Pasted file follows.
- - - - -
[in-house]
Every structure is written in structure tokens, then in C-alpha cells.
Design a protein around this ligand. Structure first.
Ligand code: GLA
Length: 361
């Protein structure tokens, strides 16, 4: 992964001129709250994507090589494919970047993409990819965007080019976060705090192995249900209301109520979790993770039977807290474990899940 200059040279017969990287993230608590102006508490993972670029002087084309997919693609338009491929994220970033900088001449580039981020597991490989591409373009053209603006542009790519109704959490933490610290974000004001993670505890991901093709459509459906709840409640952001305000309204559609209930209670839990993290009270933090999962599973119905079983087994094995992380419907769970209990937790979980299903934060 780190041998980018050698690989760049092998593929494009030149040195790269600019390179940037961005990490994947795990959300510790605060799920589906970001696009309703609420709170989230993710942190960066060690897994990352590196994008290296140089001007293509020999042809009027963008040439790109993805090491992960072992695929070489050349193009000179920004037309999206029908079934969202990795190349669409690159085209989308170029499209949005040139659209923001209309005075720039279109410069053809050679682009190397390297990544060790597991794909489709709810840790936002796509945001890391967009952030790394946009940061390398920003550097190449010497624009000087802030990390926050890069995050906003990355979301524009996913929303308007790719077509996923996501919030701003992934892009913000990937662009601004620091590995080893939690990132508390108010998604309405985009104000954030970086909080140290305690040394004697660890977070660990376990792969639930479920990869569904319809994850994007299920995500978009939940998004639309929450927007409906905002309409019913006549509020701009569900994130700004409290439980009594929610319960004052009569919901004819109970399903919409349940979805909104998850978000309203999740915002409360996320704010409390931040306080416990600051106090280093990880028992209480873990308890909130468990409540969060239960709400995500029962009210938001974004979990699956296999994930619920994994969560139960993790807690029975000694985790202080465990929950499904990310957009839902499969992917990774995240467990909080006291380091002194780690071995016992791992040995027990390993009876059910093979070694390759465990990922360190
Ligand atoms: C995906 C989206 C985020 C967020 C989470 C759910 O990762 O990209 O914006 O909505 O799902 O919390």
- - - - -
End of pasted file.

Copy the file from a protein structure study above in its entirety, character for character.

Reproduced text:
[in-house]
Every structure is written in structure tokens, then in C-alpha cells.
Design a protein around this ligand. Structure first.
Ligand code: GLA
Length: 361
């Protein structure tokens, strides 16, 4: 992964001129709250994507090589494919970047993409990819965007080019976060705090192995249900209301109520979790993770039977807290474990899940 200059040279017969990287993230608590102006508490993972670029002087084309997919693609338009491929994220970033900088001449580039981020597991490989591409373009053209603006542009790519109704959490933490610290974000004001993670505890991901093709459509459906709840409640952001305000309204559609209930209670839990993290009270933090999962599973119905079983087994094995992380419907769970209990937790979980299903934060 780190041998980018050698690989760049092998593929494009030149040195790269600019390179940037961005990490994947795990959300510790605060799920589906970001696009309703609420709170989230993710942190960066060690897994990352590196994008290296140089001007293509020999042809009027963008040439790109993805090491992960072992695929070489050349193009000179920004037309999206029908079934969202990795190349669409690159085209989308170029499209949005040139659209923001209309005075720039279109410069053809050679682009190397390297990544060790597991794909489709709810840790936002796509945001890391967009952030790394946009940061390398920003550097190449010497624009000087802030990390926050890069995050906003990355979301524009996913929303308007790719077509996923996501919030701003992934892009913000990937662009601004620091590995080893939690990132508390108010998604309405985009104000954030970086909080140290305690040394004697660890977070660990376990792969639930479920990869569904319809994850994007299920995500978009939940998004639309929450927007409906905002309409019913006549509020701009569900994130700004409290439980009594929610319960004052009569919901004819109970399903919409349940979805909104998850978000309203999740915002409360996320704010409390931040306080416990600051106090280093990880028992209480873990308890909130468990409540969060239960709400995500029962009210938001974004979990699956296999994930619920994994969560139960993790807690029975000694985790202080465990929950499904990310957009839902499969992917990774995240467990909080006291380091002194780690071995016992791992040995027990390993009876059910093979070694390759465990990922360190
Ligand atoms: C995906 C989206 C985020 C967020 C989470 C759910 O990762 O990209 O914006 O909505 O799902 O919390």